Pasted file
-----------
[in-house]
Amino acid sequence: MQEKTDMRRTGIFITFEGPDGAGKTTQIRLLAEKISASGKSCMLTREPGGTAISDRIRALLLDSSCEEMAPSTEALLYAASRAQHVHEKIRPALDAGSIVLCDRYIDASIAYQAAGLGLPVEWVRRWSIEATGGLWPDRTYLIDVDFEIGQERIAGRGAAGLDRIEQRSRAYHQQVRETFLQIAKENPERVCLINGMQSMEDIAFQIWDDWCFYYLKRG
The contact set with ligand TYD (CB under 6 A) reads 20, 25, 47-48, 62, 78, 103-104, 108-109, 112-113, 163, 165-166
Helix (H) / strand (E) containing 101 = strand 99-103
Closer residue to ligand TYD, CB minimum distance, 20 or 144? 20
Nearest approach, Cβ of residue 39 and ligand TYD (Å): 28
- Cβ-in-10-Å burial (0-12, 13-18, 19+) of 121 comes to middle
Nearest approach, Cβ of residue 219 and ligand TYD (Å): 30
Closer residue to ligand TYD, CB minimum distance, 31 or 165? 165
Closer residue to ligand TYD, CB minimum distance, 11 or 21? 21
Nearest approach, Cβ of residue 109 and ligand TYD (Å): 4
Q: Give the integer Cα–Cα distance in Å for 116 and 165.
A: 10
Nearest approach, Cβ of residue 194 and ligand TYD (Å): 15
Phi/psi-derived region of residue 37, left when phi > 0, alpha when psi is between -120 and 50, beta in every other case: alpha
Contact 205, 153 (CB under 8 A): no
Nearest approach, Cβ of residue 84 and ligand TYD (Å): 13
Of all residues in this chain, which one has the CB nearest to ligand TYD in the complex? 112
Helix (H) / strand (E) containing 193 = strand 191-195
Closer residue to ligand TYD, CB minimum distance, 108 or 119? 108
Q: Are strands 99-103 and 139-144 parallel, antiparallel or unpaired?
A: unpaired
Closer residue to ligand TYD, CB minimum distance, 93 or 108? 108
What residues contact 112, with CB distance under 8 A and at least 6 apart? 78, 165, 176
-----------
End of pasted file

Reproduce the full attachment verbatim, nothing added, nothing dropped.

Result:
[in-house]
Amino acid sequence: MQEKTDMRRTGIFITFEGPDGAGKTTQIRLLAEKISASGKSCMLTREPGGTAISDRIRALLLDSSCEEMAPSTEALLYAASRAQHVHEKIRPALDAGSIVLCDRYIDASIAYQAAGLGLPVEWVRRWSIEATGGLWPDRTYLIDVDFEIGQERIAGRGAAGLDRIEQRSRAYHQQVRETFLQIAKENPERVCLINGMQSMEDIAFQIWDDWCFYYLKRG
The contact set with ligand TYD (CB under 6 A) reads 20, 25, 47-48, 62, 78, 103-104, 108-109, 112-113, 163, 165-166
Helix (H) / strand (E) containing 101 = strand 99-103
Closer residue to ligand TYD, CB minimum distance, 20 or 144? 20
Nearest approach, Cβ of residue 39 and ligand TYD (Å): 28
- Cβ-in-10-Å burial (0-12, 13-18, 19+) of 121 comes to middle
Nearest approach, Cβ of residue 219 and ligand TYD (Å): 30
Closer residue to ligand TYD, CB minimum distance, 31 or 165? 165
Closer residue to ligand TYD, CB minimum distance, 11 or 21? 21
Nearest approach, Cβ of residue 109 and ligand TYD (Å): 4
Q: Give the integer Cα–Cα distance in Å for 116 and 165.
A: 10
Nearest approach, Cβ of residue 194 and ligand TYD (Å): 15
Phi/psi-derived region of residue 37, left when phi > 0, alpha when psi is between -120 and 50, beta in every other case: alpha
Contact 205, 153 (CB under 8 A): no
Nearest approach, Cβ of residue 84 and ligand TYD (Å): 13
Of all residues in this chain, which one has the CB nearest to ligand TYD in the complex? 112
Helix (H) / strand (E) containing 193 = strand 191-195
Closer residue to ligand TYD, CB minimum distance, 108 or 119? 108
Q: Are strands 99-103 and 139-144 parallel, antiparallel or unpaired?
A: unpaired
Closer residue to ligand TYD, CB minimum distance, 93 or 108? 108
What residues contact 112, with CB distance under 8 A and at least 6 apart? 78, 165, 176